In a way, it’s a testament to the NBA’s global popularity that, during the most important games of the Olympics, the media was intensely interested in talking about a trade. Spain overcame an 11-point halftime deficit to win its semifinal, 67-59, over Russia. The U.S. notched another blowout victory, 109-83 win over Argentina; that 2004 night in Athens, when Argentina knocked out the U.S. in the semis and forced the country to reexamine its basketball soul, now seems like it took place in the George Mikan-era.
These wins sets up a gold medal rematch from 2008: Spain vs. the U.S. That game wasn’t quite a classic, but it was close. Kobe Bryant had to take over late, to insure a 118-107 U.S victory, and gold medal redemption after the 2004 disaster. This game should be good one too.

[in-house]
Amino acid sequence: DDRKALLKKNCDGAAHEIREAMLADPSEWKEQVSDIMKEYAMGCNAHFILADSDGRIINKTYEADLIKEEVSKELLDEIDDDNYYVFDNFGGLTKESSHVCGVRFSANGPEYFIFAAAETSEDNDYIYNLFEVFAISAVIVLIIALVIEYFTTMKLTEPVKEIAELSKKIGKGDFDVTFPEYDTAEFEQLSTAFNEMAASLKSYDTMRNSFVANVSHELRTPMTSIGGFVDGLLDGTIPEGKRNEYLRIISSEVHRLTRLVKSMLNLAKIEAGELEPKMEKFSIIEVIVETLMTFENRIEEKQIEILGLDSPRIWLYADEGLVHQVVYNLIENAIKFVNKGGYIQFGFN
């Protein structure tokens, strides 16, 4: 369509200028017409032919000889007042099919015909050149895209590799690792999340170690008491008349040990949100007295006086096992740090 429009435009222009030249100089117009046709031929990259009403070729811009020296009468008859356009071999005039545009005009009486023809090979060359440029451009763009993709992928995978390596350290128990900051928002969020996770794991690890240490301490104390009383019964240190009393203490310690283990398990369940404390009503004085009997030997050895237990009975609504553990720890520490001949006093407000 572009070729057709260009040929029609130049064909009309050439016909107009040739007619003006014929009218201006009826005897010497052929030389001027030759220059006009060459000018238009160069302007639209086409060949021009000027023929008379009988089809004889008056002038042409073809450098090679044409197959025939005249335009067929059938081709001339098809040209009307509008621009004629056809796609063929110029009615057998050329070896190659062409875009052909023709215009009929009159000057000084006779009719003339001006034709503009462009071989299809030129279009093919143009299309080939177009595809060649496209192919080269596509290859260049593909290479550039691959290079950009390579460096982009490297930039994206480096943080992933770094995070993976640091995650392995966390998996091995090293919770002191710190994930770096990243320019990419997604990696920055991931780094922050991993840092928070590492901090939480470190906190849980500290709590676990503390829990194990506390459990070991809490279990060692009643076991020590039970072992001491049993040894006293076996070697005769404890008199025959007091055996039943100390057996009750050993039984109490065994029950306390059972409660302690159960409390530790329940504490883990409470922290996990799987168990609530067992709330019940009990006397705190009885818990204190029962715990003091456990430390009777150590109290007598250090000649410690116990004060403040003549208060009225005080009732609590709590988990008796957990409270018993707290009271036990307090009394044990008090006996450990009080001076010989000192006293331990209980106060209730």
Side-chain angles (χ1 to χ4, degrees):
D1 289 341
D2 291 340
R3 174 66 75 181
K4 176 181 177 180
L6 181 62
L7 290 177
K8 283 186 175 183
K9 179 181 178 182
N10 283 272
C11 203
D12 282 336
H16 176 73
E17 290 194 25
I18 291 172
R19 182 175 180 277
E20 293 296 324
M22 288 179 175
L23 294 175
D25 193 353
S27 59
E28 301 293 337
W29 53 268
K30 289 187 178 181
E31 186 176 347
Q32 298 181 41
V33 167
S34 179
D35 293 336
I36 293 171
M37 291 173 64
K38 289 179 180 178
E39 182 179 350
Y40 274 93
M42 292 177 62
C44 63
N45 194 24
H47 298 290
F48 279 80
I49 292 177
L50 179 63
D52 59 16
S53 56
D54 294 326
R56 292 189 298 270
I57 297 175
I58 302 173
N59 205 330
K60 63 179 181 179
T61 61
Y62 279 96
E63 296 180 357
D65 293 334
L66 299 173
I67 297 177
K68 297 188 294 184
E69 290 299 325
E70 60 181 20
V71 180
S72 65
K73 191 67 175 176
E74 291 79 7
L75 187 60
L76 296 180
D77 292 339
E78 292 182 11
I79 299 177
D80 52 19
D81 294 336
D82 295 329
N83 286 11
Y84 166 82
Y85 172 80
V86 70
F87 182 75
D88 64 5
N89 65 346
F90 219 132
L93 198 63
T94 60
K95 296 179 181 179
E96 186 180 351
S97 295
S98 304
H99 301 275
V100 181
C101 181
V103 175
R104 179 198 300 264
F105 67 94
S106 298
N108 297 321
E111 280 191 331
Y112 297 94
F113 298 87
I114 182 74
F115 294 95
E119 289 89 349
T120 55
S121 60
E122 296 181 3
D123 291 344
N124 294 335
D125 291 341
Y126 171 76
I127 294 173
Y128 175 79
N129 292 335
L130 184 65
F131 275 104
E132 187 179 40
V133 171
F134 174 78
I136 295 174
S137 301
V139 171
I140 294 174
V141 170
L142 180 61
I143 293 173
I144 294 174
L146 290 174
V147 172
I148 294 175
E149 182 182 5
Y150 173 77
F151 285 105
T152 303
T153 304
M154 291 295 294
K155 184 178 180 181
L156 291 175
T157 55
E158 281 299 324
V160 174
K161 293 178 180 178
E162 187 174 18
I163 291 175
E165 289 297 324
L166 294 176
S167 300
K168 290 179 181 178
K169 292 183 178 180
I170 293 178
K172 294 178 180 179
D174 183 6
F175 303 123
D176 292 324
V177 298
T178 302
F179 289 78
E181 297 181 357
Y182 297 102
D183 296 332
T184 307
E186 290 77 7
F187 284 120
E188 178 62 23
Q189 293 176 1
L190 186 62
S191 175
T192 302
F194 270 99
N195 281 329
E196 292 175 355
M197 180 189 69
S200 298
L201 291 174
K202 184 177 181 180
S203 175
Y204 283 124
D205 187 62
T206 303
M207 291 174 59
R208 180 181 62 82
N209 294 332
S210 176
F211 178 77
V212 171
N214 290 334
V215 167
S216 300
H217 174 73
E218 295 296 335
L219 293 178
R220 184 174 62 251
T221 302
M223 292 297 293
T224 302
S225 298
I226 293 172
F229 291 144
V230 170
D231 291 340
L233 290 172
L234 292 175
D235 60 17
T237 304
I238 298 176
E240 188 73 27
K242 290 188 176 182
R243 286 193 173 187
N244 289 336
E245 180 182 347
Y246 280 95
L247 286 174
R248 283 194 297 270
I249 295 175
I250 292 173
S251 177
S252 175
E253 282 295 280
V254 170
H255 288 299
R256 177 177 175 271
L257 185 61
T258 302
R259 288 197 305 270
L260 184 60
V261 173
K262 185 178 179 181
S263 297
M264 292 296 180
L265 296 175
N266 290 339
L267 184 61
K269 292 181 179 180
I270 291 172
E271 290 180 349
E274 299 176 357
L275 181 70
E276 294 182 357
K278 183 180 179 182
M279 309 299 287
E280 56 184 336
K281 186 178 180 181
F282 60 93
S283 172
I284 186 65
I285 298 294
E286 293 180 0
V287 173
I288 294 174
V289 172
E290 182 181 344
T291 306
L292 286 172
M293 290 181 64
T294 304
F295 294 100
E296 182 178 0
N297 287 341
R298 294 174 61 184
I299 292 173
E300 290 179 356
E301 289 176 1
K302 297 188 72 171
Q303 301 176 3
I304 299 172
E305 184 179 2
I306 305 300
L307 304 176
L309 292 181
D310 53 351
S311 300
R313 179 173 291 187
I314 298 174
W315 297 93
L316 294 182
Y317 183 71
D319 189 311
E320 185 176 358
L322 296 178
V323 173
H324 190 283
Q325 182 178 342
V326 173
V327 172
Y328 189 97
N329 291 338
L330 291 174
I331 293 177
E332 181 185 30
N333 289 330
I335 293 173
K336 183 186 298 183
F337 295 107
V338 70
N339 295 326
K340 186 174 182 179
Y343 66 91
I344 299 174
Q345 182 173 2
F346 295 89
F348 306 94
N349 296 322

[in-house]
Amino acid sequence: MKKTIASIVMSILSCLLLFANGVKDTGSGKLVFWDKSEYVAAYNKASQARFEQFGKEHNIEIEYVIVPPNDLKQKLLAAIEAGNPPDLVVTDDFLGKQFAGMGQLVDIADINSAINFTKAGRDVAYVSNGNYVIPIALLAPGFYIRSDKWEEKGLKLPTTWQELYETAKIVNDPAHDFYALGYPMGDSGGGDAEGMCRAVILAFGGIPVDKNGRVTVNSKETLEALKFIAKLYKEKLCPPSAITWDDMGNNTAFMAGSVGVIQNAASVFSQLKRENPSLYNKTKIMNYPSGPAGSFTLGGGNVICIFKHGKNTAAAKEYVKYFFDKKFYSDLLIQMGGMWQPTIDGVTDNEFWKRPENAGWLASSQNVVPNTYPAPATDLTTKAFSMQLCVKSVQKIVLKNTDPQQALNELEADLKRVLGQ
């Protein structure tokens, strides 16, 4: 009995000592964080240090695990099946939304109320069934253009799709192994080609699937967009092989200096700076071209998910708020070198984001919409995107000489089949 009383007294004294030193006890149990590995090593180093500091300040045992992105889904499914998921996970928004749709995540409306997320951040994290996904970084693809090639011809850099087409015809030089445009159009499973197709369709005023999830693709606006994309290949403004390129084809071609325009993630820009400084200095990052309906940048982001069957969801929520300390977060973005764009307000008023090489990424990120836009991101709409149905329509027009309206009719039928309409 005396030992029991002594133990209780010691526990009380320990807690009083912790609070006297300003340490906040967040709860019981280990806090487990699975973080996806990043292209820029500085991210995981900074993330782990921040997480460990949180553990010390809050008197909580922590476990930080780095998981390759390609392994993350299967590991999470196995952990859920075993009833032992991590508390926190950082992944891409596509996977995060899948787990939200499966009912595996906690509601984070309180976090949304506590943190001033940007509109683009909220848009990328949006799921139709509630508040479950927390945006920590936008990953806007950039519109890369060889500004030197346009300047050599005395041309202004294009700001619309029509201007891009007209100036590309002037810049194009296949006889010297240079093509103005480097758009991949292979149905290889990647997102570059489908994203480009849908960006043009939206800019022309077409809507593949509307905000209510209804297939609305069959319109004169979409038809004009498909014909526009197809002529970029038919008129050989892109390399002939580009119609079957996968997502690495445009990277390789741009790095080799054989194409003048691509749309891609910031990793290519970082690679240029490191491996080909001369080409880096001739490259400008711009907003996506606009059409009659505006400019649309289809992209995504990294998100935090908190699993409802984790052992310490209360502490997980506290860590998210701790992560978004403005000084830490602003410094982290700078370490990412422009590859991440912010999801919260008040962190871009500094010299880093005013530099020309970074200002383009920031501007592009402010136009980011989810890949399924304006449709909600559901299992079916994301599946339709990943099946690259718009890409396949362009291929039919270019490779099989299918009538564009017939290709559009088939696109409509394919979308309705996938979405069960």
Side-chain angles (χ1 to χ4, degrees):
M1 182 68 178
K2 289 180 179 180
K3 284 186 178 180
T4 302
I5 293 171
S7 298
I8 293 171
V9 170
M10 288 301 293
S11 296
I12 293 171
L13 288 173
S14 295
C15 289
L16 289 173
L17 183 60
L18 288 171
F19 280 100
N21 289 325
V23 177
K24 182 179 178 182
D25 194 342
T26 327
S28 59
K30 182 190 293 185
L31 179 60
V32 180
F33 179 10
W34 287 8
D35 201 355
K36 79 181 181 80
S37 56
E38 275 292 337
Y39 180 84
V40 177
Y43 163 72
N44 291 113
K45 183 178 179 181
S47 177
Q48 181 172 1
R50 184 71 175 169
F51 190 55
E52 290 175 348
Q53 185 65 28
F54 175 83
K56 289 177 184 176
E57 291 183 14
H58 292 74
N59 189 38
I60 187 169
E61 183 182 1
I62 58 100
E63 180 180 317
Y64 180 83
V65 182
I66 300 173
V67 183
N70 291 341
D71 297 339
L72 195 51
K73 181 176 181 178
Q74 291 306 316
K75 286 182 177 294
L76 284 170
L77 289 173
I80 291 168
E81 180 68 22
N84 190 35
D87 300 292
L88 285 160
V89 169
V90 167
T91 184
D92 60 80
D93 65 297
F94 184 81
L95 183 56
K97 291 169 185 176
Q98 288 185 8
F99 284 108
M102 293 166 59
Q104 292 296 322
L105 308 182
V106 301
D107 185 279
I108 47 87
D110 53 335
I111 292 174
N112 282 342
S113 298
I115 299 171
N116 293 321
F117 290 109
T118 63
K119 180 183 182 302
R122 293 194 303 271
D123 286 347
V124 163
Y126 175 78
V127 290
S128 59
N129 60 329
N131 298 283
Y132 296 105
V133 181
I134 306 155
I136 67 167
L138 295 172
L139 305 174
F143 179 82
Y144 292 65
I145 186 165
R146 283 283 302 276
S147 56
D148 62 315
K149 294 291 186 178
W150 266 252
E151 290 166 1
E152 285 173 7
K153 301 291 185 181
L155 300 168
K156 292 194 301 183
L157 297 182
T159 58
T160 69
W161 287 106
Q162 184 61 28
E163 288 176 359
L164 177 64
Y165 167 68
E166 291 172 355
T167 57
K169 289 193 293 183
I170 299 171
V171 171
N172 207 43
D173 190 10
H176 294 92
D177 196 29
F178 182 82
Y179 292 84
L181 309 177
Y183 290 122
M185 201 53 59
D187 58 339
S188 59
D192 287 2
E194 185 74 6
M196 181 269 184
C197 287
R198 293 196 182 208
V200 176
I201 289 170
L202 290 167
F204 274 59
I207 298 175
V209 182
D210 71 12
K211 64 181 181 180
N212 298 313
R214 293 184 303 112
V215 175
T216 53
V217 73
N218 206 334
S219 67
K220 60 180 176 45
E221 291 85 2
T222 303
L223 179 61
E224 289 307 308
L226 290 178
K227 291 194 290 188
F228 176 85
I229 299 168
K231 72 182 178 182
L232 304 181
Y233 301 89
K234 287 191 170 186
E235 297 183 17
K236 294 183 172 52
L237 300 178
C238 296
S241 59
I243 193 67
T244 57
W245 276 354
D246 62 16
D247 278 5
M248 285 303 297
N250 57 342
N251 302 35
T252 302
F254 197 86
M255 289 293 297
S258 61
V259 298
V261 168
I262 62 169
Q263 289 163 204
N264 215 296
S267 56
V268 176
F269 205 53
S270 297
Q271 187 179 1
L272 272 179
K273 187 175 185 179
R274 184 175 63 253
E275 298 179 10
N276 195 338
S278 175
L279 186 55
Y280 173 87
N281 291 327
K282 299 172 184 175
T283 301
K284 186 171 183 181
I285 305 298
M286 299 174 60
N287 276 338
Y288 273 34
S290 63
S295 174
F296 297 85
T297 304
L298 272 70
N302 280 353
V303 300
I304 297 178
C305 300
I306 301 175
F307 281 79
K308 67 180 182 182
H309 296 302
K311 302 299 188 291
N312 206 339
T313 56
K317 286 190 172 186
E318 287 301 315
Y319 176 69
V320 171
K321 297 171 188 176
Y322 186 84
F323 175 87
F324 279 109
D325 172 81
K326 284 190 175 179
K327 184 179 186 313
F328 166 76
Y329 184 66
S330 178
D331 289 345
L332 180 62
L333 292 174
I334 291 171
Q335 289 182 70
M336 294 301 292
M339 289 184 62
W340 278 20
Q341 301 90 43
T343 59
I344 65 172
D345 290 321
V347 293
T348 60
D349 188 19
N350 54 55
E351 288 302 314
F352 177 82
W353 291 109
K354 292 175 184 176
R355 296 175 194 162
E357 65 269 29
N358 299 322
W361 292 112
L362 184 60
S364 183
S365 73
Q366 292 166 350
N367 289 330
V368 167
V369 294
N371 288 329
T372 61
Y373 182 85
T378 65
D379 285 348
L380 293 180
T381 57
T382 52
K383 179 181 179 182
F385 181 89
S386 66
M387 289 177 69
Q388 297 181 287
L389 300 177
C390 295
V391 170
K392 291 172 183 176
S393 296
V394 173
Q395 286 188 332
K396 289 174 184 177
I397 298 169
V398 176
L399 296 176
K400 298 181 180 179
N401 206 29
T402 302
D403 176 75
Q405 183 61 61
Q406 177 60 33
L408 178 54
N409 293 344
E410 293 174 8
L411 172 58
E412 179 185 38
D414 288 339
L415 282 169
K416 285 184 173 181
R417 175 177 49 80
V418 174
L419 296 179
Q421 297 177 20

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Yet, rather than breaking down an enticing matchup, the players had to react to the trade. “It’s hard to block out completely,” says Gasol. “Because I like to be concentrated and focused 100 percent on what I’m doing and going through right now, with my national team.” Gasol did a nice job of tuning out distractions against Russia: he scored 16 points and grabbed 12 rebounds in the win. When asked about the new-look Lakers, Gasol says, “I’m very excited about our team,” not sounding particularly excited.
Neither was Kevin Durant. This deal shakes up the Western Conference, where Durant’s Oklahoma City Thunder are the defending champs. With Howard, new free agent point guard Steve Nash, Bryant and Gasol, the Lakers look like the favorite to reach the Finals. When asked when and where he heard about the trade, and his thoughts, Durant offered a curt response: “I really don’t care.”
Earlier in the day, Team USA coach Mike Krzyzewski checked in on Iguodala, to see how the new Denver Nugget was holding up. “He should be fine,” says Krzyzewski. After the semifinal, Iguodala kept a strong face. “It’s part of the job,” he says of being traded. But this tone was clear: he wasn’t thrilled about a deal disrupting his Olympic experience. Who would be?